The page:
Email to Instant Message Gateway

It’s wicked cold this weekend in Massachusetts so I stayed inside and had some fun with Apache James and Smack (an open source library for communicating with XMPP servers from Jive Software). See, I was looking over this page of Mailet ideas on the Apache James wiki and I saw two different people wanting instant message notification of email delivery. Having spent some time writing a custom mailet or two recently and having been recently reminded of the very cool Smack library, it turned out to be relatively easy to snap the two together to make an email to instant messaging gateway. I don’t want to bore you with the details, so I posted a full description, including installation / configuration instructions, source code and binaries over on my projects page. Enjoy!

The cost of Calendar object creation

I spent some quality time with Joshua Bloch this week and by that I mean his book Effective Java. In item number four (the book is organized as a series of fifty items, a format he borrowed from the Effective C++ book by Scott Meyers) he discusses the practice of reusing a single object (instead of creating duplicate objects every time) and uses a Calendar class as an example of an object that you may want to reuse. Near the end of the item, he says “… Calendar instances are particularly expensive to create”, which I’ve heard before, but what does it really mean? Why is it expensive? The JavaDoc for the Calendar class doesn’t attempt to explain why creating instances might be expensive, so I tested it out, just to see how expensive a Calendar object was to create:

long start = System.currentTimeMillis();
for (int i=0; i
and then compared that to the creation of 100,000 Date objects:

long start = System.currentTimeMillis();
for (int i=0; i
On average on my system, the creation of 100,000 Date objects is anywhere from 10 to 30x's as fast as the creation of 100,000 Calendar objects. So while I never doubted Josh, it's obvious he's right. But that doesn't answer the question, why? The only place to go is the Java souce code, which you can download from sun.com. I'll save you the 48MB download and loosely unwrap the creation of a single Calendar object:

// Calendar c = Calendar.getInstance();
* createCalendar(TimeZone.getDefault(), Locale.getDefault());
  * new GregorianCalendar(zone, aLocale)
    * super(zone, aLocale);
      * setTimeInMillis(System.currentTimeMillis());
        * computeFields();
          * computeFieldsImpl()
            * timeToFields
              * internalSet x 6
            * internalSet x 8

and a single Date object:

// Date d = new Date();
* this(System.currentTimeMillis());
  * long fastTime = date;

So now it should be pretty obvious why it a Calendar object is "... particularly expensive to create." The Calender getInstance() method gets the current time in milliseconds and then unzips that value into the current year, month, date, day of the week, day of the year, milliseconds, seconds, minutes, hour of the day, AM / PM, hour, time zone and daylight savings time offset. The Date object? The only thing it does is store the value of the difference, measured in milliseconds, between the current time and midnight, January 1, 1970 UTC in a member variable.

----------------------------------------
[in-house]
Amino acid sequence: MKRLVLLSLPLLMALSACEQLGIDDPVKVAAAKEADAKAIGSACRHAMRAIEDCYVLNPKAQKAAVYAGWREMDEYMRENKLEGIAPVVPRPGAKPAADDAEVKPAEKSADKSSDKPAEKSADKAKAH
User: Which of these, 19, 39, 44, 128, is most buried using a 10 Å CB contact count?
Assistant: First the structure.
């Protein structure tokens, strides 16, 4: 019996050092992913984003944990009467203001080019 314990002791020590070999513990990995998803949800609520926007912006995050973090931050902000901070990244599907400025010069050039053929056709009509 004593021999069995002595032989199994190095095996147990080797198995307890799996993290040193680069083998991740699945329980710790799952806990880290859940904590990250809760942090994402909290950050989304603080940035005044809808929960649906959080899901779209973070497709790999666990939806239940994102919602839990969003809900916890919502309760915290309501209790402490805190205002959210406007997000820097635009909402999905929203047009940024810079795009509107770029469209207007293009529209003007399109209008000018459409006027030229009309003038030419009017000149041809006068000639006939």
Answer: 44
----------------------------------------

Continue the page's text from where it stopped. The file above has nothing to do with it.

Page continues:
Tune in next week for more exciting object creation action.

Links: 2-17-2006

Links: 2-13-2006

java.lang.IllegalArgumentException: Illegal group reference, replaceAll and dollar signs

This weblog is officially about inane things I run into while trying to do my job at work. Let’s say you have a String object like this:

String mystring = "Your password: #PASSWORD";

and at runtime you need to replace the value of #PASSWORD with a password that a user typed in. You’d write something like this:

String password = "$Jslwe"
mystring = mystring.replaceAll("#PASSWORD", password);

What would happen? You’d expect that the key #PASSWORD would get replaced with the value of the variable ‘password’ (which is “$Jslwe”) and then you’d move happily on your way to something much more interesting. But no, Java throws you an error:

java.lang.IllegalArgumentException: Illegal group reference

which is extremely helpful. Turns out that the second argument to the String replaceAll method “may” have some issues with dollar signs and backslashes which you only find out about if you dig into the Matcher class that backs the replaceAll method or if you’re lucky and you read about the whole thing on a site devoted to regular expressions. In short:

myString.replaceAll(“regex”, “replacement”) replaces all regex matches inside the string with the replacement string you specified. No surprises here. All parts of the string that match the regex are replaced. You can use the contents of capturing parentheses in the replacement text via $1, $2, $3, etc. $0 (dollar zero) inserts the entire regex match. $12 is replaced with the 12th backreference if it exists, or with the 1st backreference followed by the literal “2″ if there are less than 12 backreferences. If there are 12 or more backreferences, it is not possible to insert the first backreference immediately followed by the literal “2″ in the replacement text.

In the replacement text, a dollar sign not followed by a digit causes an IllegalArgumentException to be thrown. If there are less than 9 backreferences, a dollar sign followed by a digit greater than the number of backreferences throws an IndexOutOfBoundsException. So be careful if the replacement string is a user-specified string. To insert a dollar sign as literal text, use \$ in the replacement text. When coding the replacement text as a literal string in your source code, remember that the backslash itself must be escaped too: “\\$”.